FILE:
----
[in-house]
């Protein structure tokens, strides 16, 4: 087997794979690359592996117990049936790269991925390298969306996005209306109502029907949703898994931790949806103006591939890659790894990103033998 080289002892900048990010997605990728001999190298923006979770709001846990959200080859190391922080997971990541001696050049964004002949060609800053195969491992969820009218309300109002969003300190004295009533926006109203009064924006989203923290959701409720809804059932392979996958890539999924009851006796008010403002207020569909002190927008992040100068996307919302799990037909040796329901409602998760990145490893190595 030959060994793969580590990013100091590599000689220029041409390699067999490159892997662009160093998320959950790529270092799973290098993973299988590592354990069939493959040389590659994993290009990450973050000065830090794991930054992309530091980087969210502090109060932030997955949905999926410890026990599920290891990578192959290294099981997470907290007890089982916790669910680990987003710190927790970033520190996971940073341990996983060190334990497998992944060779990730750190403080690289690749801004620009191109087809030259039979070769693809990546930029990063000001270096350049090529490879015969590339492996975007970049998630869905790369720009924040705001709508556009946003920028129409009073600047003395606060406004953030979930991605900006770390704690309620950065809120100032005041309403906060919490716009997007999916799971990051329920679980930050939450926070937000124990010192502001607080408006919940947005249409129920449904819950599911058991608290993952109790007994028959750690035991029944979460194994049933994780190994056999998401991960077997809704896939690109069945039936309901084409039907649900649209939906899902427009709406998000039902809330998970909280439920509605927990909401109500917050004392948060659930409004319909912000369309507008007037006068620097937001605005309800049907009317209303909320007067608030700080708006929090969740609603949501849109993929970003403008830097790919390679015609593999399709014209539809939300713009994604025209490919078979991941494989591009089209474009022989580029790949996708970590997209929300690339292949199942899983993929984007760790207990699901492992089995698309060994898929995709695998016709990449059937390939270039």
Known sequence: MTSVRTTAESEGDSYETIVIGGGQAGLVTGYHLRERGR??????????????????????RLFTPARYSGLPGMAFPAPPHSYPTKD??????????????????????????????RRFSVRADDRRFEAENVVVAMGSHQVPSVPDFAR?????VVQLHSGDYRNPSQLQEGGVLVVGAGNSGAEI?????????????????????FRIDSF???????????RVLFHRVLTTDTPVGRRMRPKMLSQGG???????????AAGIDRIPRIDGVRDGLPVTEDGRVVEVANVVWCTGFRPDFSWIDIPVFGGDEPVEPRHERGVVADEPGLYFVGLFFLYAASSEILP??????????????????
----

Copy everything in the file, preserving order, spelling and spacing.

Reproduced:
[in-house]
């Protein structure tokens, strides 16, 4: 087997794979690359592996117990049936790269991925390298969306996005209306109502029907949703898994931790949806103006591939890659790894990103033998 080289002892900048990010997605990728001999190298923006979770709001846990959200080859190391922080997971990541001696050049964004002949060609800053195969491992969820009218309300109002969003300190004295009533926006109203009064924006989203923290959701409720809804059932392979996958890539999924009851006796008010403002207020569909002190927008992040100068996307919302799990037909040796329901409602998760990145490893190595 030959060994793969580590990013100091590599000689220029041409390699067999490159892997662009160093998320959950790529270092799973290098993973299988590592354990069939493959040389590659994993290009990450973050000065830090794991930054992309530091980087969210502090109060932030997955949905999926410890026990599920290891990578192959290294099981997470907290007890089982916790669910680990987003710190927790970033520190996971940073341990996983060190334990497998992944060779990730750190403080690289690749801004620009191109087809030259039979070769693809990546930029990063000001270096350049090529490879015969590339492996975007970049998630869905790369720009924040705001709508556009946003920028129409009073600047003395606060406004953030979930991605900006770390704690309620950065809120100032005041309403906060919490716009997007999916799971990051329920679980930050939450926070937000124990010192502001607080408006919940947005249409129920449904819950599911058991608290993952109790007994028959750690035991029944979460194994049933994780190994056999998401991960077997809704896939690109069945039936309901084409039907649900649209939906899902427009709406998000039902809330998970909280439920509605927990909401109500917050004392948060659930409004319909912000369309507008007037006068620097937001605005309800049907009317209303909320007067608030700080708006929090969740609603949501849109993929970003403008830097790919390679015609593999399709014209539809939300713009994604025209490919078979991941494989591009089209474009022989580029790949996708970590997209929300690339292949199942899983993929984007760790207990699901492992089995698309060994898929995709695998016709990449059937390939270039």
Known sequence: MTSVRTTAESEGDSYETIVIGGGQAGLVTGYHLRERGR??????????????????????RLFTPARYSGLPGMAFPAPPHSYPTKD??????????????????????????????RRFSVRADDRRFEAENVVVAMGSHQVPSVPDFAR?????VVQLHSGDYRNPSQLQEGGVLVVGAGNSGAEI?????????????????????FRIDSF???????????RVLFHRVLTTDTPVGRRMRPKMLSQGG???????????AAGIDRIPRIDGVRDGLPVTEDGRVVEVANVVWCTGFRPDFSWIDIPVFGGDEPVEPRHERGVVADEPGLYFVGLFFLYAASSEILP??????????????????